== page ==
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Monday, 15 March 2010
Page: 2527


Mr KEENAN (4:31 PM) —I rise to speak on the Trans-Tasman Proceedings Bill 2009 and the Trans-Tasman Proceedings (Transitional and Consequential Provisions) Bill 2009. Over time there has been a significant increase in the movement of goods, people and services between Australia and New Zealand, giving rise to the greater possibility of legal disputes with the trans-Tasman element involved. It should be noted that the groundwork for this bill was largely laid out by the former coalition government. The economic relationship between Australia and New Zealand has been close for many years with several trans-Tasman initiatives underway, including the Trans-Tasman Travel Agreement in 1973, the Australia New Zealand Closer Economic Relations Trade Agreement 1983, the Trans-Tasman Mutual Recognition Arrangement 1988 and the Joint Trans-Tasman Council on Banking Supervision 2005. It is within this context that in 2003 Prime Minister John Howard and New Zealand Prime Minister Helen Clark established the Trans-Tasman Working Group on Court Proceedings and Regulatory Enforcement.

I will now turn to the specific provisions of this bill, which streamlines and simplifies the process for resolving a significant proportion of these disputes. The Trans-Tasman Proceedings Bill 2009 implements the agreement between the governments of Australia and New Zealand on trans-Tasman court proceedings and regulatory enforcement. As I just detailed, the bill came about following the establishment of the Trans-Tasman Working Group on Court Proceedings and Regulatory Enforcement by prime ministers Howard and Clark in 2003. The working group’s terms of reference were to examine the effectiveness and appropriateness of current arrangements relating to civil proceedings and civil penalty proceedings as well as criminal proceedings relating to regulatory matters. Its membership comprised senior officials from relevant government departments of both countries. In 2007 the Australian and New Zealand governments agreed to implement the recommendations of the working group. The agreement based on these recommendations was signed on 24 July 2008 by the Attorney-General, Robert McClelland, and the New Zealand associate justice minister, Lianne Dalziel.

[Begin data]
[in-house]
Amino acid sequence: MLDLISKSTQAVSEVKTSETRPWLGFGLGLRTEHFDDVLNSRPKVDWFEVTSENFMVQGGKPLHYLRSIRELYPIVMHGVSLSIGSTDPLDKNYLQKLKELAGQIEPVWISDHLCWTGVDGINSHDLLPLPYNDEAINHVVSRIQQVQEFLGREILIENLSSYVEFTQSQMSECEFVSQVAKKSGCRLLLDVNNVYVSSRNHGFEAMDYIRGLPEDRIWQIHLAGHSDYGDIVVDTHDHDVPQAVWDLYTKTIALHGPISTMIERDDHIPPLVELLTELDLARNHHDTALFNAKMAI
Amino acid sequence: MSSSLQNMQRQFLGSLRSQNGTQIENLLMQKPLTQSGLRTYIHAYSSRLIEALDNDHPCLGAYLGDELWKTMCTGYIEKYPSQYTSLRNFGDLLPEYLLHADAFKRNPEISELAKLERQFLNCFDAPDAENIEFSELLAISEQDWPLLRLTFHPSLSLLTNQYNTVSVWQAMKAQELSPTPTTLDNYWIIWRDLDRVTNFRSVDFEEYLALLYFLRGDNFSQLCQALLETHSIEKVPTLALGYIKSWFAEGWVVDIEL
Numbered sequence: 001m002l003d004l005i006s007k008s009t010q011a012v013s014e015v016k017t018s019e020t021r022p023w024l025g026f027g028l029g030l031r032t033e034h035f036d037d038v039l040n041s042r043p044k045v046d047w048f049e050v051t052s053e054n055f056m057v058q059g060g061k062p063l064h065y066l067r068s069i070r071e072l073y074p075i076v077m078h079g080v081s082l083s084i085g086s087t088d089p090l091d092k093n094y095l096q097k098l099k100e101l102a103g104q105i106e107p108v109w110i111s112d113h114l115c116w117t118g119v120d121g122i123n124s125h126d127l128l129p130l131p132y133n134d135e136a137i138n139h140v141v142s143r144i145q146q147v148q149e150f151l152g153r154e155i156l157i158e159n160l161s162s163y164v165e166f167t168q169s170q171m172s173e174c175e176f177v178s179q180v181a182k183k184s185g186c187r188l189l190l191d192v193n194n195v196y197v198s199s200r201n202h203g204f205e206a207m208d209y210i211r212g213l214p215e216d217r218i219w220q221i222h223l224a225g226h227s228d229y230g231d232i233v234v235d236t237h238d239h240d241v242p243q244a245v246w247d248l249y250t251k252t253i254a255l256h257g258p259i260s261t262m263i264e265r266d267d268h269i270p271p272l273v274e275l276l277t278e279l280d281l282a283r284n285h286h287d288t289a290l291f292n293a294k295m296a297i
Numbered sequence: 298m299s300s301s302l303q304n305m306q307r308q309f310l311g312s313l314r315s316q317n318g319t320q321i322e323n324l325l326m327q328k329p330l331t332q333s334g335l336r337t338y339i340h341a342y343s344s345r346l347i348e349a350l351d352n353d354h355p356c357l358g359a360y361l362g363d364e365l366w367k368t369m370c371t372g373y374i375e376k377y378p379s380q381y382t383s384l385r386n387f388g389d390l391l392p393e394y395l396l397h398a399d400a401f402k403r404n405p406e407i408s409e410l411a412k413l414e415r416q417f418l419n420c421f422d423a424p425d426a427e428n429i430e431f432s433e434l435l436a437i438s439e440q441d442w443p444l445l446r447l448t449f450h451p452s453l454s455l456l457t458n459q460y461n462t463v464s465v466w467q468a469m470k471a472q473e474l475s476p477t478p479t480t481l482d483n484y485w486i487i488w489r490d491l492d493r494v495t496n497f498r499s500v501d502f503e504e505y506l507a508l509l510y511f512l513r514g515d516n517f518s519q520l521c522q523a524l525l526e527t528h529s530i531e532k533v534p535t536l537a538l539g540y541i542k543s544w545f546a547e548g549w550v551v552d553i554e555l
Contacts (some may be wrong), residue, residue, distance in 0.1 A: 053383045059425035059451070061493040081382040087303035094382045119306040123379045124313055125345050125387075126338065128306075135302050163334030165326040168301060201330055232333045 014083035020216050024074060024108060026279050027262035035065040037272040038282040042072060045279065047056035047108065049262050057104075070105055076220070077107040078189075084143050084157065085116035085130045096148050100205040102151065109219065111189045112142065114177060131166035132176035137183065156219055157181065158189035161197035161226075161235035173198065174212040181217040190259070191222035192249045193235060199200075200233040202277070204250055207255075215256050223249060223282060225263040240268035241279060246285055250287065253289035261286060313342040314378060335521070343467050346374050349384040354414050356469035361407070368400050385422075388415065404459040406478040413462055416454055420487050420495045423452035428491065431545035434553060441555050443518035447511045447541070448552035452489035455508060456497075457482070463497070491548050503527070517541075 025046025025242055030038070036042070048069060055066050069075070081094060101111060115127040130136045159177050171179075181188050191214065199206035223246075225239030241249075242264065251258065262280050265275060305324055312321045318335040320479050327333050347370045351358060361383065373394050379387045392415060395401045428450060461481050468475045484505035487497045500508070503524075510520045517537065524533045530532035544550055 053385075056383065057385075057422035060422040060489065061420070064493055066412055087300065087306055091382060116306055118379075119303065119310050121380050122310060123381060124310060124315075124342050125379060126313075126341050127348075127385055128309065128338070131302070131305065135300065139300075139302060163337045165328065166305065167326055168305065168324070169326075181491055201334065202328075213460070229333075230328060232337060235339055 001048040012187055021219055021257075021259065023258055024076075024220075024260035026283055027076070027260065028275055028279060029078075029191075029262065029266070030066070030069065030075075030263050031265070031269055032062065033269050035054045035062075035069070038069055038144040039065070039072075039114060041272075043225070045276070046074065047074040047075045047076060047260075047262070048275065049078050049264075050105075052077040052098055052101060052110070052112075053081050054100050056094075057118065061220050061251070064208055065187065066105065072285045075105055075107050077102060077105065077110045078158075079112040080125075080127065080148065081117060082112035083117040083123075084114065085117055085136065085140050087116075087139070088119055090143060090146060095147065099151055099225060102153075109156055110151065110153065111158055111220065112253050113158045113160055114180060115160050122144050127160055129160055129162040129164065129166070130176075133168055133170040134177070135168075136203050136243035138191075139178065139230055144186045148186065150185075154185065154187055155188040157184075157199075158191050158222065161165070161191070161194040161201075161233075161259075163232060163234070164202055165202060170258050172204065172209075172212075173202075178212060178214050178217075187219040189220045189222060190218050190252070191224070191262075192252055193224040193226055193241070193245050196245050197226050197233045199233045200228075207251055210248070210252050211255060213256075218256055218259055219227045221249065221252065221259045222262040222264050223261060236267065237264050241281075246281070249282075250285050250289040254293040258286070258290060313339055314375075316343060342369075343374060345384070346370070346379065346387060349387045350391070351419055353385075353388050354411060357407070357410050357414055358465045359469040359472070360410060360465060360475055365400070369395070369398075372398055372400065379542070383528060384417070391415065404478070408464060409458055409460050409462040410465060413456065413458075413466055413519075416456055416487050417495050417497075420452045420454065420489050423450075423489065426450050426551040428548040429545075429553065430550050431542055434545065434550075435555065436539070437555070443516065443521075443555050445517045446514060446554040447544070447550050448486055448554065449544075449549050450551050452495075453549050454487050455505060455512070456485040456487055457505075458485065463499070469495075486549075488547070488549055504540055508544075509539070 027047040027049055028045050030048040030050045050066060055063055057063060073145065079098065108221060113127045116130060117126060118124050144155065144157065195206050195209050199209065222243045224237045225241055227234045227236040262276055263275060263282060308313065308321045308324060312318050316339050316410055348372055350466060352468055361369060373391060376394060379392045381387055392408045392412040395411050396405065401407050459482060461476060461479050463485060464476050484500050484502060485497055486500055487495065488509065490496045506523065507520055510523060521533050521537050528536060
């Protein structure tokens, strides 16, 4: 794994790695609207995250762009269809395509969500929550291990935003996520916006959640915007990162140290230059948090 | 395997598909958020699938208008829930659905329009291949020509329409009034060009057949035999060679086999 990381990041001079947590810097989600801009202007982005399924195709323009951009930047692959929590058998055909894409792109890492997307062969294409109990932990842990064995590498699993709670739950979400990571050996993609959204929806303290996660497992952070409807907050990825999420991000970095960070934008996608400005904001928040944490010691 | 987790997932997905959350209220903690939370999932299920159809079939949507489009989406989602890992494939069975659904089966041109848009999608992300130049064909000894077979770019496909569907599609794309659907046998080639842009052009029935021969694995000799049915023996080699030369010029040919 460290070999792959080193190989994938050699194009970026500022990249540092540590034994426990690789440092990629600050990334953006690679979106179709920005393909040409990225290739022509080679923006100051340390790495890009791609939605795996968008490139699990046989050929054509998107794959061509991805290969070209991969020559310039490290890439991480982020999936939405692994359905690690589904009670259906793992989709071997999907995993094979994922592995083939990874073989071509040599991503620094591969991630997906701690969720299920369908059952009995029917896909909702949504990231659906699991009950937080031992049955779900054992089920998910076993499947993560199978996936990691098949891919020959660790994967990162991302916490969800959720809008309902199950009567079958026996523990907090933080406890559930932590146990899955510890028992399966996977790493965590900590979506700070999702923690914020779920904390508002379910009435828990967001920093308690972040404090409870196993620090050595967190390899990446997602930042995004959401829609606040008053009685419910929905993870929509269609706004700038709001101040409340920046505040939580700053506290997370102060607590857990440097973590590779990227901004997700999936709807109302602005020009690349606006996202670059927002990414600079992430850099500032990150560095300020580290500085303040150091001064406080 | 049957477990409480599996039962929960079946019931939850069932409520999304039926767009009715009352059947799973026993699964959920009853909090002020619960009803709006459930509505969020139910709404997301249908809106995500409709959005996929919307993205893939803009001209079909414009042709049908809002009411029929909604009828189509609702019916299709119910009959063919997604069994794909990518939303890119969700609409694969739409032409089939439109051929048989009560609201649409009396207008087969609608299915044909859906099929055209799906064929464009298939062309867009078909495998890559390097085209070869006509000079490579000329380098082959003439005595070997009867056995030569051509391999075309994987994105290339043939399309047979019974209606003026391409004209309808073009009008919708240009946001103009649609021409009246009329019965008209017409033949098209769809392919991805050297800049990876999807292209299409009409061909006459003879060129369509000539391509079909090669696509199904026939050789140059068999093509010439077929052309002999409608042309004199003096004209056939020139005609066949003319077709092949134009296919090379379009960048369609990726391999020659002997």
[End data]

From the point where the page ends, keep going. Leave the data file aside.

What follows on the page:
The agreement allows civil proceedings from a court in one country to be served in the other without additional requirements. It extends the range of civil court judgments enforceable between the two nations. Judgments could only be refused to be enforced if they conflicted with public policy in the country of enforcement. The agreement provides for interim relief to be obtained from the court in one country in support of civil proceedings in another, allows the regime to be extended to tribunals on a case-by-case basis, adopts a common rule to apply when a dispute could be heard by a court in either country, encourages greater use of technology for trans-Tasman court appearances, allows enforcement of civil penalty orders across the Tasman and allows fines for certain regulatory offences to be enforced across the Tasman where there is a strong mutual interest in doing so.

Turning to the second of the two bills that we are debating here today, the Trans-Tasman Proceedings (Transitional and Consequential Provisions) Bill 2009, the purpose of this bill is to address transitional and consequential matters relating to the Trans-Tasman Proceedings Bill 2009. Introduced with the Trans-Tasman Proceedings Bill 2009, this bill amends the Federal Court of Australia Act 1976 in relation to the conduct of trans-Tasman market proceedings, makes consequential amendments to seven acts and repeals the Evidence and Procedure (New Zealand) Act.

In conclusion, the Trans-Tasman Proceedings Bill 2009 implements the agreements between the governments of Australia and New Zealand on trans-Tasman court proceedings and regulatory enforcement. The agreement seeks to establish a regime for the conduct of court proceedings between Australia and New Zealand which aims to establish a simpler, more cost-effective and more efficient way of resolving cross-border disputes. The coalition supports the passage of both of these bills and I commend both of them to the House.